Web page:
The flatbread pizzas were a revelation. I went with the Bar-B-Q Chick-N Pizza, made with Better Balance plus zucchini, pear, tomatoes and red onions atop barbeque sauce. The vegan mozzarella was very dry, like parmesan, making the flatbread quite crispy. It reheated beautifully. Other pizza offerings include more conventional tomato-sauce based sausage and mushroom and a pig-less pepperoni.

I accompanied my pizza with flash-fried Crispy Brussels Sprouts & Pineapples drizzled with not-quite-enough of cilantro citrus sauce. Regular and sweet potato fries boast seasonings from Gardner’s Veganize It! product line of spice mixes and dry goods.

Crispy Brussels Sprouts & Pineapples was wonderfully textured. Photo by Amy Martin.
The Crispy Brussels Sprouts & Pineapples dish was wonderfully textured. Photo by Amy Martin.

TLC is renowned for its Texas chili made with four types of beans, accented with house-roasted tomatoes and onions, plus cilantro and plenty of jalapeños. Go for Tex-Mex with the Stuffed Taco-Cado blending Impossible Crumble, black beans, and a hearty amount of avocado.

Rounding out the vegetable offerings are salads. The spinach-based Holy Bowler looked like a work of art, with pear tomatoes, sweety drop peppers, broccoli and a variety of mushrooms, accented with walnuts and toasted pumpkin seeds. Rounding it out were a couple of creative lettuce-based salads.


Having been dairy-intolerant for decades, I plan to return for TLC’s dishes made with house-made faux cheeses. The Buffalo Cauliflower Penne N’ Cheese sounds perfect, as do Chili Cheese Fries (so long since I’ve had cheese fries!) and nachos. Gluten-free pasta is available.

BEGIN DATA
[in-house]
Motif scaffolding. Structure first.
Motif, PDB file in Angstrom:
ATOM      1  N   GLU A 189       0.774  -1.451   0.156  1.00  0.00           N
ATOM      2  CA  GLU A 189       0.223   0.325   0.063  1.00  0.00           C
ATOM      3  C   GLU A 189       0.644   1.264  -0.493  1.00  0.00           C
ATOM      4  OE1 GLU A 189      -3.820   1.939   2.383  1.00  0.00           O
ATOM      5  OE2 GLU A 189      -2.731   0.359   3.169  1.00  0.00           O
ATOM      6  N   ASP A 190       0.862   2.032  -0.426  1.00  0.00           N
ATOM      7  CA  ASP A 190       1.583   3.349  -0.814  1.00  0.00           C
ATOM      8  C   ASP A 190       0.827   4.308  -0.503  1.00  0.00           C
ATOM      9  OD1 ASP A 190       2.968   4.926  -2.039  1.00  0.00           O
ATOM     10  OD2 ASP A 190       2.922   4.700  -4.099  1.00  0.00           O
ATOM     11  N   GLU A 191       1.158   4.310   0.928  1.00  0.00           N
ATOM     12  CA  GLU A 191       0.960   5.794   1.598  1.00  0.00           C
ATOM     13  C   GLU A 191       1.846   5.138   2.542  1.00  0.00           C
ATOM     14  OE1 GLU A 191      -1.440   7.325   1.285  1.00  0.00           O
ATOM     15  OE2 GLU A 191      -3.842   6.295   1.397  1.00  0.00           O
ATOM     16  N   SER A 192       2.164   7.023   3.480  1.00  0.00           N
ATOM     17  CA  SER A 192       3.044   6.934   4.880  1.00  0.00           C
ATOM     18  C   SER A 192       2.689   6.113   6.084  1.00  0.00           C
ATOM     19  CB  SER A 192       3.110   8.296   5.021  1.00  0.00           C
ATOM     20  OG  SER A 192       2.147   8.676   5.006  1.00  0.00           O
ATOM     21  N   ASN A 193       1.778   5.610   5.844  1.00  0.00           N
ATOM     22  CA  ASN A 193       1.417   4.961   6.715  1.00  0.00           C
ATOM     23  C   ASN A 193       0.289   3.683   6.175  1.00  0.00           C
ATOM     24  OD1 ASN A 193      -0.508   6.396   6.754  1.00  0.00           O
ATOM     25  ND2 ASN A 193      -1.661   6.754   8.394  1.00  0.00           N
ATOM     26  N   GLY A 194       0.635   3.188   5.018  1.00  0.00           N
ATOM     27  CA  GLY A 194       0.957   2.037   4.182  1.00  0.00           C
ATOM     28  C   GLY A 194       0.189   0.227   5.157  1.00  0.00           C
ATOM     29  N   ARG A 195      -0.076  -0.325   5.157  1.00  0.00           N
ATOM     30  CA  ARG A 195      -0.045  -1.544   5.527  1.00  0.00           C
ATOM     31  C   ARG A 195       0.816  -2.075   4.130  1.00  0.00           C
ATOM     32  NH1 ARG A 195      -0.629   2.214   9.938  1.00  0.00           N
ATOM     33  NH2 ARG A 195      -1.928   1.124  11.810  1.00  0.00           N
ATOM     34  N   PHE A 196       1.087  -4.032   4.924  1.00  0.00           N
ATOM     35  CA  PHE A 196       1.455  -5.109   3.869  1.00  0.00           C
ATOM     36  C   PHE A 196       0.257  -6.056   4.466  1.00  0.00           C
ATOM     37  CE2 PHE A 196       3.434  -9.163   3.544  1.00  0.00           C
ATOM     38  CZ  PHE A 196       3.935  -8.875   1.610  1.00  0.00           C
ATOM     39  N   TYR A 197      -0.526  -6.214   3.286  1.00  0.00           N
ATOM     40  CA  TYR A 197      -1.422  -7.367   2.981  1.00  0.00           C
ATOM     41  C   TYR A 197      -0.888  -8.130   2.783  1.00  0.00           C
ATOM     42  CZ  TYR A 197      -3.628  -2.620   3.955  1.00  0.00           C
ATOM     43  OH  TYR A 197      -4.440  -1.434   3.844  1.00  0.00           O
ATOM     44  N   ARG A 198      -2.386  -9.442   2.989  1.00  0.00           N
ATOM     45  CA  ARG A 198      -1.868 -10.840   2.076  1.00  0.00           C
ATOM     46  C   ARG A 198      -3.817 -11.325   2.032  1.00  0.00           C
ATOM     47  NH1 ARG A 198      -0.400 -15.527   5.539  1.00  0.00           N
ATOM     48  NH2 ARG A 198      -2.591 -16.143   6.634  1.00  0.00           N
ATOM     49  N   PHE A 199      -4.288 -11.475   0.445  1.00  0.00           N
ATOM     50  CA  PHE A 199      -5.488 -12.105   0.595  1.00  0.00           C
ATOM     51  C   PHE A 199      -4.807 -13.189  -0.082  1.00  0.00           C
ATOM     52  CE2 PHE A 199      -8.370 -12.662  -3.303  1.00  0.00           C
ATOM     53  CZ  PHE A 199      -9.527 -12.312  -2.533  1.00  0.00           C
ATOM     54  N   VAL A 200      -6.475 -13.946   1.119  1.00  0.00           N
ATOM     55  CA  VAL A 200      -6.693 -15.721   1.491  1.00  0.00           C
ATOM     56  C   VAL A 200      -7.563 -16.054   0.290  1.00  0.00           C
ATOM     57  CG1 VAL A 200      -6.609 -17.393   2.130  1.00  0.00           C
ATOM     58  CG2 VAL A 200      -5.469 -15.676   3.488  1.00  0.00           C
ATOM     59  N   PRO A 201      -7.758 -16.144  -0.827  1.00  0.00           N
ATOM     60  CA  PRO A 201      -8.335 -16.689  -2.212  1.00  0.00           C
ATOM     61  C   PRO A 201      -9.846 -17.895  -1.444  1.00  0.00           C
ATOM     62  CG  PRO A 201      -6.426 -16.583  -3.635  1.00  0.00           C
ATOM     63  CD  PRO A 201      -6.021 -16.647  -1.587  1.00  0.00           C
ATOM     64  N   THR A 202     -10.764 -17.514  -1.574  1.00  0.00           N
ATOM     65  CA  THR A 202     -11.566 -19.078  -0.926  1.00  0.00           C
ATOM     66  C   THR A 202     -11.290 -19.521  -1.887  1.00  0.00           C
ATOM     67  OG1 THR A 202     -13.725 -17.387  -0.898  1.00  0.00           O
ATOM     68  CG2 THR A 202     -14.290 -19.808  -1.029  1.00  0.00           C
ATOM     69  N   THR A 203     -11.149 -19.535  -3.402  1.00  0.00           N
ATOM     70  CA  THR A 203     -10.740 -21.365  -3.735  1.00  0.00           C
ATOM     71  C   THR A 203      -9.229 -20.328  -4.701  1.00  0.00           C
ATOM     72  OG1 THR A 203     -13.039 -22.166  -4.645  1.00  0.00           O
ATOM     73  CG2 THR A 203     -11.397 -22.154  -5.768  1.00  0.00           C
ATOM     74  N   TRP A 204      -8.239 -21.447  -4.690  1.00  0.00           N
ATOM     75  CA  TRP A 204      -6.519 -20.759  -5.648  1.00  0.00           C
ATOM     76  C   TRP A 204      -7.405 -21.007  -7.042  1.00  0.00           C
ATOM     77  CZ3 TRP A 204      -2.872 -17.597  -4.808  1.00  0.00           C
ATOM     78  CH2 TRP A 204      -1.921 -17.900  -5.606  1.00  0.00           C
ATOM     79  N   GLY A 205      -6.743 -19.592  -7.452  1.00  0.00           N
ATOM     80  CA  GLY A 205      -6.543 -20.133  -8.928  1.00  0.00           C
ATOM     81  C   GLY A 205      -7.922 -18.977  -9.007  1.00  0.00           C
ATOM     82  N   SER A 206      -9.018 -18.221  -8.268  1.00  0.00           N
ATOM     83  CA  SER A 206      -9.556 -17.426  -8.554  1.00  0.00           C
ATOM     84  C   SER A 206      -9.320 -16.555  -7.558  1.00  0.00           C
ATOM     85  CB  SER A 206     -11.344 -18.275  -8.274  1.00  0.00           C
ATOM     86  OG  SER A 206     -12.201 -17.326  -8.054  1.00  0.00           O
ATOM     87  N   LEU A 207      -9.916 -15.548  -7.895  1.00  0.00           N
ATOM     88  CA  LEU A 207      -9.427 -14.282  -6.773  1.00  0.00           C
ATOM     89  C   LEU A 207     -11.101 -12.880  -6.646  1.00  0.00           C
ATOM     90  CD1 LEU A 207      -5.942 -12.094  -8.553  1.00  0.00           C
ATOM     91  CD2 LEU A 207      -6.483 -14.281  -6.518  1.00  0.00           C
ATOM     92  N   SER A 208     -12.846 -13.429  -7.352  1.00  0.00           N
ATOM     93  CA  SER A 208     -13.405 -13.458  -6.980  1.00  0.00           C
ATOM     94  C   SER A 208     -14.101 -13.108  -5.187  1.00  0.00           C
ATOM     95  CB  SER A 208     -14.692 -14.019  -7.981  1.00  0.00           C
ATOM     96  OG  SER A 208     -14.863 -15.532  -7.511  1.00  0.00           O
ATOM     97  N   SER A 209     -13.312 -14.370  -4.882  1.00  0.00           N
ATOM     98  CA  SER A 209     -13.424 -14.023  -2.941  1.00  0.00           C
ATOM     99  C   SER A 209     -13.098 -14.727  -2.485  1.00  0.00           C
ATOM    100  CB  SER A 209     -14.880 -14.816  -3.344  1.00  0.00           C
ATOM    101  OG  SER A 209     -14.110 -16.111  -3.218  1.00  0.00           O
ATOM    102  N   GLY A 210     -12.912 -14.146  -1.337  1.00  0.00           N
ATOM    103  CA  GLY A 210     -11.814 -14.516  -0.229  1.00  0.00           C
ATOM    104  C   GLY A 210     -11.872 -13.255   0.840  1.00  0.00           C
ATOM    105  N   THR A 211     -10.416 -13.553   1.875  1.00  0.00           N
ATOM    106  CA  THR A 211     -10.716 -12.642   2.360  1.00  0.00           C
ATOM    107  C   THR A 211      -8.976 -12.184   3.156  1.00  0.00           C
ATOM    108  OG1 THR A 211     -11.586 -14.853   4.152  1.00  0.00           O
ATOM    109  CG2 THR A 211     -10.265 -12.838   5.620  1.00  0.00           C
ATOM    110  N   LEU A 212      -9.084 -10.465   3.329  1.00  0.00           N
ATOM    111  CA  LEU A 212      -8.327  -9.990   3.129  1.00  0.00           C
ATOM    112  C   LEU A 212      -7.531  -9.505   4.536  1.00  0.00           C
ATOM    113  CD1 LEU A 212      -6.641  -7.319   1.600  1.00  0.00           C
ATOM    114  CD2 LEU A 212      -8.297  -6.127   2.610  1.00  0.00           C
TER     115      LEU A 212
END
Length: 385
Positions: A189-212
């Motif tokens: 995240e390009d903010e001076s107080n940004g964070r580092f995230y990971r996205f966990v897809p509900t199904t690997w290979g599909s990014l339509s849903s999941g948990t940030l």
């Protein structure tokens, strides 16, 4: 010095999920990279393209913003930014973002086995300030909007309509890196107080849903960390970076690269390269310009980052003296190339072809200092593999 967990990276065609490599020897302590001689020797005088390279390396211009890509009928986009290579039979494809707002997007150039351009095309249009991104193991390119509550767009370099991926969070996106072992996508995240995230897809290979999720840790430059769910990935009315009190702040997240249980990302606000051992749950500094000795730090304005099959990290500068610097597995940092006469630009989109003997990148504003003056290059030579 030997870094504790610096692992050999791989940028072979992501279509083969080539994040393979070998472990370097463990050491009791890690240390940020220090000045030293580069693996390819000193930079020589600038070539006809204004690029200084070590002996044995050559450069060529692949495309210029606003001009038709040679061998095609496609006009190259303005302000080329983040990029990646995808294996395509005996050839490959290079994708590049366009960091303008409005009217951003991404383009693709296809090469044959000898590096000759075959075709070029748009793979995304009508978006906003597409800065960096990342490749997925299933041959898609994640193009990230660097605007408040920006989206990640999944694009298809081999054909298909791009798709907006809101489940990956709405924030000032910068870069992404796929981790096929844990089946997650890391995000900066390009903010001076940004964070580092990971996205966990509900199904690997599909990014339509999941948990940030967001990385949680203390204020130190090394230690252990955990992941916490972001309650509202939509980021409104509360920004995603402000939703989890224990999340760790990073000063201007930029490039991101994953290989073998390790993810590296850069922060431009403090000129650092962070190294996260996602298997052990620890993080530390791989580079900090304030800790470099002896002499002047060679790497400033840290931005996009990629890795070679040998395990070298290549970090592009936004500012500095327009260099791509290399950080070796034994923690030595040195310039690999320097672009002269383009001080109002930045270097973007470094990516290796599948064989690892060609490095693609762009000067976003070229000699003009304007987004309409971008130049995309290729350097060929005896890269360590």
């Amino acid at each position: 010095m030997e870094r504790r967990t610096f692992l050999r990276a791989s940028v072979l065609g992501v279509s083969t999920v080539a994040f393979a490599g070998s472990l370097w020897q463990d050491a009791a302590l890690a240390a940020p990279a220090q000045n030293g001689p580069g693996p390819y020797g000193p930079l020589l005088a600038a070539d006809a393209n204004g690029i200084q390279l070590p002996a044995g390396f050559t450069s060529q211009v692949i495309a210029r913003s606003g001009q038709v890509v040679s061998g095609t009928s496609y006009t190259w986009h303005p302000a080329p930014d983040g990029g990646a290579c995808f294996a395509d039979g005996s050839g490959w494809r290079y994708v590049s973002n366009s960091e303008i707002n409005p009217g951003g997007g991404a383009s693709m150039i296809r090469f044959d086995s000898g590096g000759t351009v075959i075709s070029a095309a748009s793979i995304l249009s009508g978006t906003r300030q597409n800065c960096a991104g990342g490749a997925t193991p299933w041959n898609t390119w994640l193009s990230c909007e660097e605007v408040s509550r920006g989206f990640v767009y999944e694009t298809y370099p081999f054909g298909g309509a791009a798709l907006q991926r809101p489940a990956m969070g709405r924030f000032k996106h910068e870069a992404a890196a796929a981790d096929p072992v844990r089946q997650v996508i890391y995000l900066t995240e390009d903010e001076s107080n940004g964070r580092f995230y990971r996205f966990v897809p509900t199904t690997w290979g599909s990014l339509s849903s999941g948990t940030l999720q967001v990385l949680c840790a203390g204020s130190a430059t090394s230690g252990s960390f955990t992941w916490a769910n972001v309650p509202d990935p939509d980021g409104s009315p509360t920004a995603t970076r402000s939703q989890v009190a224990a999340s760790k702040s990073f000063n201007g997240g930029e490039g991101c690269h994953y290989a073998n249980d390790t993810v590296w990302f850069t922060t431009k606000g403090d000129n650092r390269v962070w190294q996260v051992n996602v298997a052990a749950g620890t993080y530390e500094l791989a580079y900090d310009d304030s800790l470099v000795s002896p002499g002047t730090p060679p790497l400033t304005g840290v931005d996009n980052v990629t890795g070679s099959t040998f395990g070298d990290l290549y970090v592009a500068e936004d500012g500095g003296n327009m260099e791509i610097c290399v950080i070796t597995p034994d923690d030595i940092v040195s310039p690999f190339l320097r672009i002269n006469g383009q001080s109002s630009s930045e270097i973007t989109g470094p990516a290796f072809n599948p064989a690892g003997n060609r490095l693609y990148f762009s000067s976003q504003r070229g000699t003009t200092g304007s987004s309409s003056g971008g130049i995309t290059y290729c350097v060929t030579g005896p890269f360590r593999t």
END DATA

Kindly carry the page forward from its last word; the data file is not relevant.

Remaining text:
But the star of the cheese offerings is Impossible Cheesy Lasagna with house-made ricotta, mozzarella, and parmesan, and stuffed with spinach, zucchini, and Italian-seasoned Impossible Crumble. Layered with house-roasted tomato sauce and served with garlic bread.

Easy Southern Vegan Cookbook
Try your hand at some of TLC’s dishes at home with Chef Troy’s cookbook, Easy Southern Vegan Cookbook. Photo courtesy of Amazon. 

Do your best to try the cakes, which I must return to try. Advertised are a buttery yellow cake with buttercream icing and whiskey sauce, and a gluten-free chocolate cake with chocolate buttercream icing adorned with dark chocolate sauce. The bananas foster pudding gets raves.


While the food excels, issues of poor kitchen management plague TLC. November’s highly-promoted vegan Thanksgiving to-go was a meltdown. A long line of customers waited outside in a cold drizzle for a long time, even hours, for their meals. Some felt their serving sizes to be far smaller than expected. Others gave up and left, tasked with finding a holiday meal on a day most places were closed.

TLC Vegan Kitchen is located at 1930 N Coit Rd Suite 140 in Richardson. Phone: 469-562-4001. Hours are Friday to Monday, 4 p.m. to 9 p.m.


Gourmet vegan restaurant just steps from Dallas parks

One Spiral closes, three new venues to open next year

Taco shop expands vegan fare in Fort Worth

Vegans get ‘chikn’ fix at new plant-based venue in Dallas

Stay up to date on everything green in North Texas, including the latest news and events! Sign up for the weekly Green Source DFW Newsletter! Follow us on Facebook and Twitter. Also check out our new podcast The Texas Green Report, available on your favorite podcast app.